Continium - Discovery Center Kerkrade
Listen to it, look at it, touch it, smell it, try it out!...It’s clear from the start that Industrion in Kerkrade is a very special museum. Here you can discover the exciting and turbulent history of people and machines over the last 150 years. All the different activities take place in and around the vicinity of the museum in the Province of Limburg in the east of Holland. Visitors can experience life-like scenarios on 27 different working and residential sites and explore them at close quarters on their own initiative. Machines pounding in the midst of factory settings. Tools and other objects lying around all over the place, as if they had just been abandoned by the workers. Here, with the help of so-called “research elements” located all over the museum, visitors can find out how a crankshaft works or how static electricity is put to use. Interactive multi-media programmes and dramatic lighting help visitors to relive the harsh living conditions of the 1920s at close quarters in a specially built street scene The visitors themselves are the main actors. This is what makes Industrion such a unique journey of discovery.
The Industrion in Kerkrade which opened in 1998 is a very young museum. That said, its history began much earlier - around 150 years ago - during an epoch of industrial and social upheavals. This is where the museum begins. The exhibition sets out to show the reciprocal influence of industry and society in the Netherlands – most especially in the Province of Limburg – during the last 150 years. The main theme here is technical development, a factor which can alone be seen in the external appearance of the building. Steel stairways, roofing plates, red brick and a saw-tooth like ridge roof are conscious quotations from European industrial architecture. The 25 metre tall frame-like tower belongs in the same context. Its huge wheels recall a pithead gear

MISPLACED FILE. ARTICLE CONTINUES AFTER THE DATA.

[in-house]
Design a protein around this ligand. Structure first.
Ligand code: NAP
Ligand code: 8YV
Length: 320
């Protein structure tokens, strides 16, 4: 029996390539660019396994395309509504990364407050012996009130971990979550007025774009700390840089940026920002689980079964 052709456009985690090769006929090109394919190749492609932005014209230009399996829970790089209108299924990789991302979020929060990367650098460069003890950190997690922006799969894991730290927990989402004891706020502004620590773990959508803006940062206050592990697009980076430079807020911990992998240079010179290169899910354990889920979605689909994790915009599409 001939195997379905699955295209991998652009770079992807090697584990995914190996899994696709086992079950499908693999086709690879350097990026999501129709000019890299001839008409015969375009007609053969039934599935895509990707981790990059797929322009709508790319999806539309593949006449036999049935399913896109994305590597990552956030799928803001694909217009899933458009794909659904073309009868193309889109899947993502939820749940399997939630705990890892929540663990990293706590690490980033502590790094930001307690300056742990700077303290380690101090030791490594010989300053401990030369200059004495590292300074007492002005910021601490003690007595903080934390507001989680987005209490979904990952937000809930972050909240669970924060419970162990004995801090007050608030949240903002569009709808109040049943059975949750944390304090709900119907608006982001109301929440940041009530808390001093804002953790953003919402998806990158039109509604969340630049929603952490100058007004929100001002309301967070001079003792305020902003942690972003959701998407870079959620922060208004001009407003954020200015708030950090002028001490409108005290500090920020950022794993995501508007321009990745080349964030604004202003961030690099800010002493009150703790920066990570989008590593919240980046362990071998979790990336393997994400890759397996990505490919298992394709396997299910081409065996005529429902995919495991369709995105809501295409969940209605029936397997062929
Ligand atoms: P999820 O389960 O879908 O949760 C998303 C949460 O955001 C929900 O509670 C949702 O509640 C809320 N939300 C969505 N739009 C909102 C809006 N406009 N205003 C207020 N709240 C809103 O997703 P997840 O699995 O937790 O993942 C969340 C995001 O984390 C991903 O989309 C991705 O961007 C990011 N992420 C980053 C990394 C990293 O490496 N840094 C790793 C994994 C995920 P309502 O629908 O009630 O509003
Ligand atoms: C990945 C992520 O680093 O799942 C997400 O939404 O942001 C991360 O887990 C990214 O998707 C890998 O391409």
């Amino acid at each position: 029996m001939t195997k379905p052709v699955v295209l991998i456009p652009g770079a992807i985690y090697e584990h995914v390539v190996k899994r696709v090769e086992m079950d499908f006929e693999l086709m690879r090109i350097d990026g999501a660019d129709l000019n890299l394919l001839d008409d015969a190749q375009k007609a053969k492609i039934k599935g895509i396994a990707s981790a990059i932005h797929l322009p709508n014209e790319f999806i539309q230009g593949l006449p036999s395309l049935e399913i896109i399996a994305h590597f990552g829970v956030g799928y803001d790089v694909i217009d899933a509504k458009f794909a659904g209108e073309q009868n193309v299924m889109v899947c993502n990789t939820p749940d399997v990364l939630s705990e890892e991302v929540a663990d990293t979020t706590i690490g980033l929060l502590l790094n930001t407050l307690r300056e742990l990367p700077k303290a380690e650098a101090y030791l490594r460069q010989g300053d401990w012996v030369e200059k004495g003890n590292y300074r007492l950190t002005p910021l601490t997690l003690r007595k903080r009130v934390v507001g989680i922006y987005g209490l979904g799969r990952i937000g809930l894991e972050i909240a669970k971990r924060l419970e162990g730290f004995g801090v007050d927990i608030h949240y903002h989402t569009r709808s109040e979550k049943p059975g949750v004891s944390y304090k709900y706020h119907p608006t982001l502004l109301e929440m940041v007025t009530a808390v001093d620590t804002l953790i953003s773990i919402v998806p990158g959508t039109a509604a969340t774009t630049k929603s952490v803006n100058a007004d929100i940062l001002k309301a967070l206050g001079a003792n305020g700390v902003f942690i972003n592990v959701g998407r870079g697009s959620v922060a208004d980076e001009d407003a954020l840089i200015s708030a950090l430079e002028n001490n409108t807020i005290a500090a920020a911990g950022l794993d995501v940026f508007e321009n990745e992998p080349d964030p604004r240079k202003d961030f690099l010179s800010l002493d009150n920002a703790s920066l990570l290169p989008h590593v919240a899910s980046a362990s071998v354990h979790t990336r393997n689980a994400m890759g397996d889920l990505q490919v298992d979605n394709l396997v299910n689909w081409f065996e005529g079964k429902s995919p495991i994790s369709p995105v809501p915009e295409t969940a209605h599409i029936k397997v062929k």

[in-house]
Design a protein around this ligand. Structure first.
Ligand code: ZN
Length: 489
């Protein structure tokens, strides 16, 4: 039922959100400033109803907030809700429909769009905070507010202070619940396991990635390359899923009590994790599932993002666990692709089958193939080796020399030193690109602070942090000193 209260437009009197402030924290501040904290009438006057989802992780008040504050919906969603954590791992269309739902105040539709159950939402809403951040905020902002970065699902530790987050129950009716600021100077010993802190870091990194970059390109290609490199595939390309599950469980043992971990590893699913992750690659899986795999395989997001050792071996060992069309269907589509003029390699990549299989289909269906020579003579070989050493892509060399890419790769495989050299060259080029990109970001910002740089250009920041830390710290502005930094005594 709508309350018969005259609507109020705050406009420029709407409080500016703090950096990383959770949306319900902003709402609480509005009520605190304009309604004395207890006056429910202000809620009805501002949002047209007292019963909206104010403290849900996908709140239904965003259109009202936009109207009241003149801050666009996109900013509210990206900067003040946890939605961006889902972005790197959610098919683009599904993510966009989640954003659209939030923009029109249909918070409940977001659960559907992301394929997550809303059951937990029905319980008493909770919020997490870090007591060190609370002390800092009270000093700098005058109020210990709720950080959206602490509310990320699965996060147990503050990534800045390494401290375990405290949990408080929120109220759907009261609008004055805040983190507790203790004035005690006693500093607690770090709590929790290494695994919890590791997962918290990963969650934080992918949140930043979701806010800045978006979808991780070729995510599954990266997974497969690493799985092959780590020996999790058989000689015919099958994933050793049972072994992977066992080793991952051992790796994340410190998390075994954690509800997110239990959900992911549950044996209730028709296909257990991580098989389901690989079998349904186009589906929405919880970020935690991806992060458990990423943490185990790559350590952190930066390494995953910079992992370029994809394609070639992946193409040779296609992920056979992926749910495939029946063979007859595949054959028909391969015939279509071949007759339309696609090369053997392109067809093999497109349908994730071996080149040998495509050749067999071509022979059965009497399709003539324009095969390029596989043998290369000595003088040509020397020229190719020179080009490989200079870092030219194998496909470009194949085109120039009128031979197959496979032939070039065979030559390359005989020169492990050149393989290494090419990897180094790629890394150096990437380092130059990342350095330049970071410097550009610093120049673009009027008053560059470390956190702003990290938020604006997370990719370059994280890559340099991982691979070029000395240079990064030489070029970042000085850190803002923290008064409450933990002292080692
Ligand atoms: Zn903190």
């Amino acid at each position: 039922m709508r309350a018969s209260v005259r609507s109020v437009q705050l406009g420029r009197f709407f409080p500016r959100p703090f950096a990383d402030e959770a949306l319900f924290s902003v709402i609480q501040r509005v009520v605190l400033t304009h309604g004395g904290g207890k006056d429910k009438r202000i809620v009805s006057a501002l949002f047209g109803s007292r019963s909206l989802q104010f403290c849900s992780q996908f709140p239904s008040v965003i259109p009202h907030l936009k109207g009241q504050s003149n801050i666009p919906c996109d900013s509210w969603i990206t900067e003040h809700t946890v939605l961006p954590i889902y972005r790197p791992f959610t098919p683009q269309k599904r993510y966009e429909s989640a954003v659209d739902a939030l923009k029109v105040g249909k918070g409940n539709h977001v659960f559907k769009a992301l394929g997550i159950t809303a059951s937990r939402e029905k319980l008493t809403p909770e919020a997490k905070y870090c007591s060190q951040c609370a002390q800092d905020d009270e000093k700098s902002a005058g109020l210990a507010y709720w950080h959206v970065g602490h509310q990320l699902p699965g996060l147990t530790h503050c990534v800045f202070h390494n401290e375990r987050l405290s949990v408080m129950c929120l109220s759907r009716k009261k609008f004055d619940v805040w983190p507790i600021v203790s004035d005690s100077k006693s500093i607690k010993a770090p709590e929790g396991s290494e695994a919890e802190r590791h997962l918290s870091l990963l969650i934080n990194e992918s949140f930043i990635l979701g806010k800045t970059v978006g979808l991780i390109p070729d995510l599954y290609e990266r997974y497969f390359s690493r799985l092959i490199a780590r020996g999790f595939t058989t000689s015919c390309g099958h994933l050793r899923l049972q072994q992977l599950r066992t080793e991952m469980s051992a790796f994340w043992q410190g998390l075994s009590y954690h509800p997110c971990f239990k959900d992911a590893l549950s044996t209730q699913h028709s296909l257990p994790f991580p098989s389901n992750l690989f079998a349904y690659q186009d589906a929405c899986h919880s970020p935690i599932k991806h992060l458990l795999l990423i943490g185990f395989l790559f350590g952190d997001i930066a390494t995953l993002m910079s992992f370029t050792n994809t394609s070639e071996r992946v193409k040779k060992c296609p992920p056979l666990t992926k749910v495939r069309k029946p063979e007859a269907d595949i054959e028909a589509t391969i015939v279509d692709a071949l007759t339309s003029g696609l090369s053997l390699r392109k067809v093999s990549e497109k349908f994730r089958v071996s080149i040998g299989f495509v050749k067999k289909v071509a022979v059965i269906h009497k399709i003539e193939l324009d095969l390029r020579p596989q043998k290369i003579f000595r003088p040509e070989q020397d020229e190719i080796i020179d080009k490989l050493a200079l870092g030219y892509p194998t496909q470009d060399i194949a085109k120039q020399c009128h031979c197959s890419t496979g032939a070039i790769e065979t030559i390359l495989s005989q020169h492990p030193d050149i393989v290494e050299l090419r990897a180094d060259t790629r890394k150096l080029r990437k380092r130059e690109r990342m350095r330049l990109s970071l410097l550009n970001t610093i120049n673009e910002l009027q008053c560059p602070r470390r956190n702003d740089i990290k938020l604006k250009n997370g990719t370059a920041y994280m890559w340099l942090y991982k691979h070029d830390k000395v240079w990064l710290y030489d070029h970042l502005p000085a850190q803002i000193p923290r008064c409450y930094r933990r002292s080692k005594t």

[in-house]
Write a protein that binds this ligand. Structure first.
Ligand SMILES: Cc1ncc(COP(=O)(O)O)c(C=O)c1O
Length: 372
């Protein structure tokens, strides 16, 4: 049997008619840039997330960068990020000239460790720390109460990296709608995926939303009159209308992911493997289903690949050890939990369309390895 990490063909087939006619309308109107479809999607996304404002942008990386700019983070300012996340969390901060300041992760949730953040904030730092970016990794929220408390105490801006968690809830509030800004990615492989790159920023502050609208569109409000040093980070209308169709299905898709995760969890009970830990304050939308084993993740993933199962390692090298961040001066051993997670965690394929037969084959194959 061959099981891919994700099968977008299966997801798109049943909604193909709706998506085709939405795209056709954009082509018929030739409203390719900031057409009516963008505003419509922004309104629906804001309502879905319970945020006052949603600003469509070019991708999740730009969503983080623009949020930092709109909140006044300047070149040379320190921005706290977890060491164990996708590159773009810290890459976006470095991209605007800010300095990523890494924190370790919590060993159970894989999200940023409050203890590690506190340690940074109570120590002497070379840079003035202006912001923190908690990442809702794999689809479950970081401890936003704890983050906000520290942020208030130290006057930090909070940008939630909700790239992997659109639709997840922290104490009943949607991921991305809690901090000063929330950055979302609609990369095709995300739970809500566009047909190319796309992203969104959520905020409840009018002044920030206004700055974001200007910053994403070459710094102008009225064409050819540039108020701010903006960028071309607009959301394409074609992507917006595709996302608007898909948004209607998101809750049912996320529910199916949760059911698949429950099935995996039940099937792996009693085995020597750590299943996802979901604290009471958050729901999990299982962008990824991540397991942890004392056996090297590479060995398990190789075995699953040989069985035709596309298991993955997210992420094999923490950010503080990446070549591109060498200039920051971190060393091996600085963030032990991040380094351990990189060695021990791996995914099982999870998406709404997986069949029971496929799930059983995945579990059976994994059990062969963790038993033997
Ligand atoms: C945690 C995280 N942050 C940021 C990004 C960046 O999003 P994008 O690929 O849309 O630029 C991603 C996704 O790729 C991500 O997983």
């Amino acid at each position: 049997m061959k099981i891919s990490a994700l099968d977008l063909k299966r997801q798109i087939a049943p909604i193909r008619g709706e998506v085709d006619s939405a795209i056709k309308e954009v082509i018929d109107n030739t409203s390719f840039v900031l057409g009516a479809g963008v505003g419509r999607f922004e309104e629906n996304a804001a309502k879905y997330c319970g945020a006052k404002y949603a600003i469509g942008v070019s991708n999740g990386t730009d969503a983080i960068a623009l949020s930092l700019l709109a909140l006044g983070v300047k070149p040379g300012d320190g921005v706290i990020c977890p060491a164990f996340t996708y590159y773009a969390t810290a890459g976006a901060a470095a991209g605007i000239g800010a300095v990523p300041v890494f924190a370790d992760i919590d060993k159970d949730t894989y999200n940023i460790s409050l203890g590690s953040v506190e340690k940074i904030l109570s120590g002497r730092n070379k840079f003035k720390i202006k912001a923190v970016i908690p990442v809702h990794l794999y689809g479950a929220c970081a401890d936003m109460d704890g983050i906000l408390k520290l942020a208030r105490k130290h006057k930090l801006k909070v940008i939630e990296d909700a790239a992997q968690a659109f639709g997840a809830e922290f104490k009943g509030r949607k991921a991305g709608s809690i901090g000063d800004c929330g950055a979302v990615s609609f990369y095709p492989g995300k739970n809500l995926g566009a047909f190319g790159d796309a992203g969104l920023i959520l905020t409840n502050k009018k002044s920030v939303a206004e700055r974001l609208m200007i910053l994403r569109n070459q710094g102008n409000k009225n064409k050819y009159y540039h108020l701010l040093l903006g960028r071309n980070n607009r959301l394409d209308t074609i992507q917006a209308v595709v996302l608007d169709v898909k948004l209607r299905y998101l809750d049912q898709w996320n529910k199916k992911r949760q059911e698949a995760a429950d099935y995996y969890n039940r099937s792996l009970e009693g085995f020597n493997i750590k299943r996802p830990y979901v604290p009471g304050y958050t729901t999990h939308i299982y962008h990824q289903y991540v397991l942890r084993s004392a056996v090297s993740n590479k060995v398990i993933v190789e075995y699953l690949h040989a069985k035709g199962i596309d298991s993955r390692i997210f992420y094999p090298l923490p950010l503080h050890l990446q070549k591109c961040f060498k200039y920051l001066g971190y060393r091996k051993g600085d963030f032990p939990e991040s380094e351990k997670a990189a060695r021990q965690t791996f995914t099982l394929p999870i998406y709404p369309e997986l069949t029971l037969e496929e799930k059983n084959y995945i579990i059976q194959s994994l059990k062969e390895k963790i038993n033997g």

Inside Industrion visitors encounter an interactive space with light and sound effects and olfactory experiences. The immense range of different exhibits comprises a variety of ceramic industries, coal mining, glass, metal and chemicals, papermaking and food production. In addition the museum makes clear the effects of industrial production. Themes range from the life-size replica of an early factory building, via a presentation on Dutch Trades Unions, to environment and nutrition. The spacious museum garden is also integrated into the exhibition concept. It contains a number of exceptionally large objects placed in no particular order. These include a giant excavator used in the ceramics industry and an immense trough where lumps were boiled to pulp before being turned into paper. A small-gauge railway, previously used in industrial production, takes visitors on a round tour of the objects.